While delving into dark matter may seem like a dim prospect to some, for UCSB assistant physics professor Tommaso Treu, the subject has become a lucrative endeavor, earning the researcher $625,000 in grant money.
In an effort to inspire new professors engaging in creative research, the David and Lucile Packard Foundation for science and engineering selected Treu along with 19 other professors from various universities to receive its fellowship of $625,000 over a five-year period. Each professor was selected from a larger pool of nominees, which was chosen by 50 university presidents. Each president nominated two professors who had served no more than three years in the academic sphere.
Dark matter is relatively invisible due to the fact that it does not emit or reflect enough electromagnetic radiation. Researchers can only perceive dark matter’s existence by observing its gravitational effects on other celestial bodies. In an e-mail, Treu said his research in the developing areas of astrophysics and cosmology, including black holes and dark matter halos of distant galaxies, has shed light on specific models concerning the formation of galaxies.
“[We hope to] understand the relative timing of growth of the different components,” Treu said. “Are black holes the seeds around which dark matter and stars grow, or do black holes grow inside halos at a later time? If the evolution is synchronized, how is that possible, how do the different components ‘talk’ to each other?”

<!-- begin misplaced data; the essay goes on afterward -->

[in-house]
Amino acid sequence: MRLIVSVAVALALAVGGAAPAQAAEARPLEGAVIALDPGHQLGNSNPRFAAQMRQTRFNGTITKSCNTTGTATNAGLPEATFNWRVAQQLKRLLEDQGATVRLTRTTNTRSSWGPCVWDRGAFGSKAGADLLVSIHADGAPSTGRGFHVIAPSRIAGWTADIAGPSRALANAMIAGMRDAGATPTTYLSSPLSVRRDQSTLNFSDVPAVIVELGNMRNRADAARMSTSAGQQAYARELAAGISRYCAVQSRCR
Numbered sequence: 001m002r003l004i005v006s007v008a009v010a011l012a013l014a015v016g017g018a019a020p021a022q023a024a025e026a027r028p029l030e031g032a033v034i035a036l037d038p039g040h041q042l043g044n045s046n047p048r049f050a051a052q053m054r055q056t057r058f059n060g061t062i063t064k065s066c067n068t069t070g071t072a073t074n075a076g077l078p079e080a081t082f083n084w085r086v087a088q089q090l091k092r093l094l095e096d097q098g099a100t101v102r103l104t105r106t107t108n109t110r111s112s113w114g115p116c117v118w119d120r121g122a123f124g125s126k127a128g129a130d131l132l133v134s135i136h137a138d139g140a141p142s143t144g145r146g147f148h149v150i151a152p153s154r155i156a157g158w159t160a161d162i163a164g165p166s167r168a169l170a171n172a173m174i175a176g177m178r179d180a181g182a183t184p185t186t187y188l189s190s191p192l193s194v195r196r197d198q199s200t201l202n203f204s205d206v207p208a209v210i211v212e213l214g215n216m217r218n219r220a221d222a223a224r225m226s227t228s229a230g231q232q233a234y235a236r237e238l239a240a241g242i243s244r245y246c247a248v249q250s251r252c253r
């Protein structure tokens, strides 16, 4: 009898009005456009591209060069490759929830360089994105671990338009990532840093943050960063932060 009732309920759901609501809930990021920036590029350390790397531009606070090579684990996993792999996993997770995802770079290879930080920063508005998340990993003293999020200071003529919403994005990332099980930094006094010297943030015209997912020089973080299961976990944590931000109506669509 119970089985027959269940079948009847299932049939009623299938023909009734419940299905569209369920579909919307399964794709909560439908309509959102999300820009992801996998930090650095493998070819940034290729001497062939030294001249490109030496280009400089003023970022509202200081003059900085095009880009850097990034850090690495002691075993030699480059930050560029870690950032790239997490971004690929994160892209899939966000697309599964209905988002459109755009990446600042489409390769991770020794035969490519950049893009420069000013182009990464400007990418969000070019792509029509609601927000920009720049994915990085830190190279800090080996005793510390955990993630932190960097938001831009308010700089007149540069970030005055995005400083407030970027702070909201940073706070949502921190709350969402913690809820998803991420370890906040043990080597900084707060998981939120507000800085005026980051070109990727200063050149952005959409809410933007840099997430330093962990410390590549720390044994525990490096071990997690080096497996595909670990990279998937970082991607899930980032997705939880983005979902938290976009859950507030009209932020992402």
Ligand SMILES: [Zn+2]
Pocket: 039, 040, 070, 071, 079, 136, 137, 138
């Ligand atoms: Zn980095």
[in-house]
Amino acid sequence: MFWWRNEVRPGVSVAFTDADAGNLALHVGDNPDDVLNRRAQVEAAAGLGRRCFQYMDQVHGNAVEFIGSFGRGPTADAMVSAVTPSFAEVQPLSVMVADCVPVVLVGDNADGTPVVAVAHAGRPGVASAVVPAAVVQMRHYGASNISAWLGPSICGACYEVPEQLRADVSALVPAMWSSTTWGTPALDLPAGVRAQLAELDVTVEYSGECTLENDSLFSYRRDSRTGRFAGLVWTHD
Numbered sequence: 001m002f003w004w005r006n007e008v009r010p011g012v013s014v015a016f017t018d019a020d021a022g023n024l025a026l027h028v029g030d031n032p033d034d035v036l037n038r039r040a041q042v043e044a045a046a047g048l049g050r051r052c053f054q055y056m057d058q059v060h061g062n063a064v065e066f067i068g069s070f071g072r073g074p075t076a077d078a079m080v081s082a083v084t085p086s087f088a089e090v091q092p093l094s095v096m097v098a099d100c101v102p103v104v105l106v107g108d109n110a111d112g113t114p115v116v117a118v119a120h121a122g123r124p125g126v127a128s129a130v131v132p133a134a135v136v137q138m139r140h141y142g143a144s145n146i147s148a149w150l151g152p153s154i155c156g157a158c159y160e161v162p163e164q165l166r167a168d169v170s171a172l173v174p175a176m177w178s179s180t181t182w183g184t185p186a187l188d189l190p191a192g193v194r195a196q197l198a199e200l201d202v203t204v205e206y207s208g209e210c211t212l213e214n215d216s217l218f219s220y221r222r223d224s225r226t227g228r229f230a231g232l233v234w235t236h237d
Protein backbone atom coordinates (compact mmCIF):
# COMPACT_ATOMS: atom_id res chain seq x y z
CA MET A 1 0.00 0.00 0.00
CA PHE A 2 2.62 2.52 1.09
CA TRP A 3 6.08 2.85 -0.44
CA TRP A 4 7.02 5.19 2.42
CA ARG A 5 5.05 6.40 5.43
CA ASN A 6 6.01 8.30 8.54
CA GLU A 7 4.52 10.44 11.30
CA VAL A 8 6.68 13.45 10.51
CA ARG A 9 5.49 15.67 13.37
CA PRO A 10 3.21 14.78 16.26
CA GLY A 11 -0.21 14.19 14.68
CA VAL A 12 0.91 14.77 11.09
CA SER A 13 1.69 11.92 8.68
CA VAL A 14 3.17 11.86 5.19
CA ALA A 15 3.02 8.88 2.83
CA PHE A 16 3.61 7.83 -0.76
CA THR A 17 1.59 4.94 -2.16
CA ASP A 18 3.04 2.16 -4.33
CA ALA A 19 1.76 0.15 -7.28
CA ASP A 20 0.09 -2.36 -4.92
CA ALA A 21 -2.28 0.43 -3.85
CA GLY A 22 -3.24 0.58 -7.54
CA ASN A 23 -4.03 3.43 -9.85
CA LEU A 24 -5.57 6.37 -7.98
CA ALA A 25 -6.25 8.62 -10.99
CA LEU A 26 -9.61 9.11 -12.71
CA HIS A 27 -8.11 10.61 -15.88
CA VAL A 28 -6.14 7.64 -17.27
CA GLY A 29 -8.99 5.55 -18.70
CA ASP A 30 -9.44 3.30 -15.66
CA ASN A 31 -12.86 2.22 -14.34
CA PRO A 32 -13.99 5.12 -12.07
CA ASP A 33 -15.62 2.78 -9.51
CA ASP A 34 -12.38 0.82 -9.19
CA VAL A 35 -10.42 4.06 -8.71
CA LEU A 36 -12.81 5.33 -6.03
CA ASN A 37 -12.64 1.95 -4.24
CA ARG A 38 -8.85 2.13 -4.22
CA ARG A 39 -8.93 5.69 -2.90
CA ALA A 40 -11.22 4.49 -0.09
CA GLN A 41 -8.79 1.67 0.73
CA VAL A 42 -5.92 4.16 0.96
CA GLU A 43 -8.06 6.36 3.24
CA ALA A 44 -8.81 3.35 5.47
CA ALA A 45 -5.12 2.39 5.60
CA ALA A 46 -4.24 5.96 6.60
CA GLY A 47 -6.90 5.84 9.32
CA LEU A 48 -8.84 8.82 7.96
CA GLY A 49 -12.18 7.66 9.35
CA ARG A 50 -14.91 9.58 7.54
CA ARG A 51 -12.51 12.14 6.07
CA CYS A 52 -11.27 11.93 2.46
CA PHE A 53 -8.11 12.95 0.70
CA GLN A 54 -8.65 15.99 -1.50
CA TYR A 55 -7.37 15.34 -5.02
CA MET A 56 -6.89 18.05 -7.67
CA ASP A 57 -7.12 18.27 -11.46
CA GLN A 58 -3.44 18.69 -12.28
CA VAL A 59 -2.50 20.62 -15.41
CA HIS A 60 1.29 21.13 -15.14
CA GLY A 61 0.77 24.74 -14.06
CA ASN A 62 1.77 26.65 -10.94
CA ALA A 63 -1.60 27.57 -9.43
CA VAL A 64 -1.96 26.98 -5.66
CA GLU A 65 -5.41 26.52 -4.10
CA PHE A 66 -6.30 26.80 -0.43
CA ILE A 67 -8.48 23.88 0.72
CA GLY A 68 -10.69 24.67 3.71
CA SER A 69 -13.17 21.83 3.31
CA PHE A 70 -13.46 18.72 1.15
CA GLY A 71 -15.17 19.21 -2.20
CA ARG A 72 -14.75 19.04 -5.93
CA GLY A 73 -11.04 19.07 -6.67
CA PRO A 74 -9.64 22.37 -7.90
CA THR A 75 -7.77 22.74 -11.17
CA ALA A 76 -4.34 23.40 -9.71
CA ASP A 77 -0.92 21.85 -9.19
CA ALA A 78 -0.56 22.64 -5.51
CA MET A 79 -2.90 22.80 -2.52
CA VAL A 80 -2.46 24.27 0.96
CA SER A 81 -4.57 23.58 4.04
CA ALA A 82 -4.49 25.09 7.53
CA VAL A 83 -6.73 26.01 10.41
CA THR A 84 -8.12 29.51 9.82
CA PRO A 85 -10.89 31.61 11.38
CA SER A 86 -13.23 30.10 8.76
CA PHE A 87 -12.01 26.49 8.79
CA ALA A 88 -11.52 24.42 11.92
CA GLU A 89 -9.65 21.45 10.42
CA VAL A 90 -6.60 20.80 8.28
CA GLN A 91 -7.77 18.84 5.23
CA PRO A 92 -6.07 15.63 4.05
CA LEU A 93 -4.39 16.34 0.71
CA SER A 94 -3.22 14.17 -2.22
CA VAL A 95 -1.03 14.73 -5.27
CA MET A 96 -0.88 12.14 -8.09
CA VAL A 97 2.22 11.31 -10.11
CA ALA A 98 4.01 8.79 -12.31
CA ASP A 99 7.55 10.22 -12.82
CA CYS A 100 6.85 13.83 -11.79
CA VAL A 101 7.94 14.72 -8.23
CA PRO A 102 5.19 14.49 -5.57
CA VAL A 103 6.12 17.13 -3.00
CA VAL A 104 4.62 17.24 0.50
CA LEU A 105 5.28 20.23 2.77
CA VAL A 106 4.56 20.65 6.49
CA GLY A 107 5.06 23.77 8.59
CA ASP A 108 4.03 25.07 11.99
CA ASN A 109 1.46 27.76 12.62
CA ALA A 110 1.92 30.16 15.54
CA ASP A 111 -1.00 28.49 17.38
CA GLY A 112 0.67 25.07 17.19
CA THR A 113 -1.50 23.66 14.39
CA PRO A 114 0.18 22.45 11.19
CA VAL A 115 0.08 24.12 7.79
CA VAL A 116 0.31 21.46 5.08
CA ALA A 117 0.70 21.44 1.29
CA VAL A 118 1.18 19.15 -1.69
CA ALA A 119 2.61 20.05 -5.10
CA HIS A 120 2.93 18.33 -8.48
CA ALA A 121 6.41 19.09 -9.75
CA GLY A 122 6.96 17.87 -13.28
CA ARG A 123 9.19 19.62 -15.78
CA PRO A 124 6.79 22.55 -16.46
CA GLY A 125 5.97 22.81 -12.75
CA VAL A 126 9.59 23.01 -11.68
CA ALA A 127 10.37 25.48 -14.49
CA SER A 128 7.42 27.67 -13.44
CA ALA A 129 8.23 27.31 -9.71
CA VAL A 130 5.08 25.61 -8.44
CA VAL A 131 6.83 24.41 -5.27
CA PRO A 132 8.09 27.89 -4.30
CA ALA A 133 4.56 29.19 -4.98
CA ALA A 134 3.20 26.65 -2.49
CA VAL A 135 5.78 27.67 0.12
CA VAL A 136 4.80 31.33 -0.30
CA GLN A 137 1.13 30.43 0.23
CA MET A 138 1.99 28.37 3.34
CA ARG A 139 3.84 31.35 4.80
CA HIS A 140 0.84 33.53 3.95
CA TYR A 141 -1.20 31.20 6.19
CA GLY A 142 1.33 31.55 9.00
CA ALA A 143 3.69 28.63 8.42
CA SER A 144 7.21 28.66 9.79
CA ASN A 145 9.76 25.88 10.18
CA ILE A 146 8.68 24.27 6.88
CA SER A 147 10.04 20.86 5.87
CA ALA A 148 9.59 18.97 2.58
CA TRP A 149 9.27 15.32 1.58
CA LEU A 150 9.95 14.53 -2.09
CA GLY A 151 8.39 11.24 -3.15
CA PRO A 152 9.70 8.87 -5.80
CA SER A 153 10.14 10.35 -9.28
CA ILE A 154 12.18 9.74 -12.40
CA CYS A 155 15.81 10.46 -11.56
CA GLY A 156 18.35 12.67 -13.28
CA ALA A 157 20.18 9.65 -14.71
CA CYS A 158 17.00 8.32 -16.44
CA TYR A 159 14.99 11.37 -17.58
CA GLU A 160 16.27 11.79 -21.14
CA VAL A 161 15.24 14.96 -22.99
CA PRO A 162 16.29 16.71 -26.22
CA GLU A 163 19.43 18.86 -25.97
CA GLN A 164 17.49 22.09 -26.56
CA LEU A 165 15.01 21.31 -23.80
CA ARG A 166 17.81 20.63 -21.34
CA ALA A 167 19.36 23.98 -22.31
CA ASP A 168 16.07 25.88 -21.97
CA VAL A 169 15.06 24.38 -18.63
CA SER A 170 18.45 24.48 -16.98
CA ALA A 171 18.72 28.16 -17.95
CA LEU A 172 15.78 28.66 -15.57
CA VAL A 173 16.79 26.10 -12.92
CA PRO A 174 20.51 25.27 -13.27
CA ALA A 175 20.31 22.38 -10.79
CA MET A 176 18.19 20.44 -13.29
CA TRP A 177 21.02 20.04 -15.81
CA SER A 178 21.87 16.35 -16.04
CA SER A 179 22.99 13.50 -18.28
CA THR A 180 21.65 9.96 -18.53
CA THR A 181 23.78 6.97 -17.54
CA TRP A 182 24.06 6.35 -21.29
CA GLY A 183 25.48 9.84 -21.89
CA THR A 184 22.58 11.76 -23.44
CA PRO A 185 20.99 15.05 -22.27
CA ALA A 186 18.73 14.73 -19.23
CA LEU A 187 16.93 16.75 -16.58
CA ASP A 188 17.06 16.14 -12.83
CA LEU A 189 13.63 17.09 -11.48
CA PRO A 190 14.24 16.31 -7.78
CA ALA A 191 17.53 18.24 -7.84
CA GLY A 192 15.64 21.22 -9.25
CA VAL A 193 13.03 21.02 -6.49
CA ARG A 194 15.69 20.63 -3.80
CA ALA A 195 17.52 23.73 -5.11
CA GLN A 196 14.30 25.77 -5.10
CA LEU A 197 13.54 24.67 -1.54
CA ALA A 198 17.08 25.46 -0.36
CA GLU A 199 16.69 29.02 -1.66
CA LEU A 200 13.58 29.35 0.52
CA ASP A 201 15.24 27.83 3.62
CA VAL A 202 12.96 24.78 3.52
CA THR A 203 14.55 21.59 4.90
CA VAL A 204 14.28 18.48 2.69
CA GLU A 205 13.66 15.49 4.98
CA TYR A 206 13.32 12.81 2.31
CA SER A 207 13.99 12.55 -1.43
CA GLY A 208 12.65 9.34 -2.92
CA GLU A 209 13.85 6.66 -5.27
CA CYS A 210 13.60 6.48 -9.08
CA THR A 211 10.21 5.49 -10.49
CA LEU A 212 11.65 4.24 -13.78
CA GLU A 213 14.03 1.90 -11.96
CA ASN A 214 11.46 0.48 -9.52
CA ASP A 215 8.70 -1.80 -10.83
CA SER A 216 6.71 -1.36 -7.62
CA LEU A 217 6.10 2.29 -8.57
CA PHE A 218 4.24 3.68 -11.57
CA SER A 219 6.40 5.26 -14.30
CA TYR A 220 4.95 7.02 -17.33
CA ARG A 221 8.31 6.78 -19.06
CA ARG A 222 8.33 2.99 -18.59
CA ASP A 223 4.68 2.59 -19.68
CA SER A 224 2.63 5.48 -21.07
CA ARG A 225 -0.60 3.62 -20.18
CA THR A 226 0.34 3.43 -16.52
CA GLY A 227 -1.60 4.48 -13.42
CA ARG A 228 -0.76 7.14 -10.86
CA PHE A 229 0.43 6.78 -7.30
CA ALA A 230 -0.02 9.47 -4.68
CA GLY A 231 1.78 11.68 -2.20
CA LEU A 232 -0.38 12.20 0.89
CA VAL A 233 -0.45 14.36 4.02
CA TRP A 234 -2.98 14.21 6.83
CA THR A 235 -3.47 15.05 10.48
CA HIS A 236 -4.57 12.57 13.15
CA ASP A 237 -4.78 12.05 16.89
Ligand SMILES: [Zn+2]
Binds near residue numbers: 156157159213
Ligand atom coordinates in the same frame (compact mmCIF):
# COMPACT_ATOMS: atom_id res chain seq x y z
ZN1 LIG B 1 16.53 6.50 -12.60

Part of the mystery of black holes that continues to puzzle researches and scientists is the fact that, at least in theory, matter should not reach the event horizon, which is the outer boundary of the black hole.
In basic physics, objects tend to rotate around a center of mass. However, with black holes, matter is somehow attracted to the center despite the fact that the centrifugal force exerted should repel such objects and send them flying away, similar to grabbing a bucket of water and spinning it in the air.
Treu plans on measuring the mass of matter by studying its motion near black holes, as opposed to studying the distortions of matter and the radiation produced from the energy released as matter “falls” into a black hole.
Treu said he hopes to gain a better understanding of how galaxies were shaped and through what process or processes they evolved in order to become what they are now.
“Galaxies today are very complex and yet obey very strict scaling relations,” Treu said. “You don’t find galaxies in random shapes and sizes and with a random content of black holes and dark matter. How did they end up the way they are?”
Physics Dept. Chair Mark Srednicki said he is proud of Treu’s accomplishment and that it adds to the department’s increasing prestige.
“The Packard Fellowship is awarded to just 20 young science and engineering faculty across the country each year,” Srednicki said. “Since 2000, three UCSB physics faculty members have received this award, which is a testament to the strength of our department. Two of our faculty members [including professor Treu] are in our astrophysics group, which, though relatively small, has a rapidly growing reputation for excellent science.”
Established in 1964, the David and Lucile Packard Foundation has awarded over 400 fellowships and over $232 million to leading researchers at universities across the nation. Recipients of the 2007 Packard Fellowship are involved in a wide array of scientific disciplines.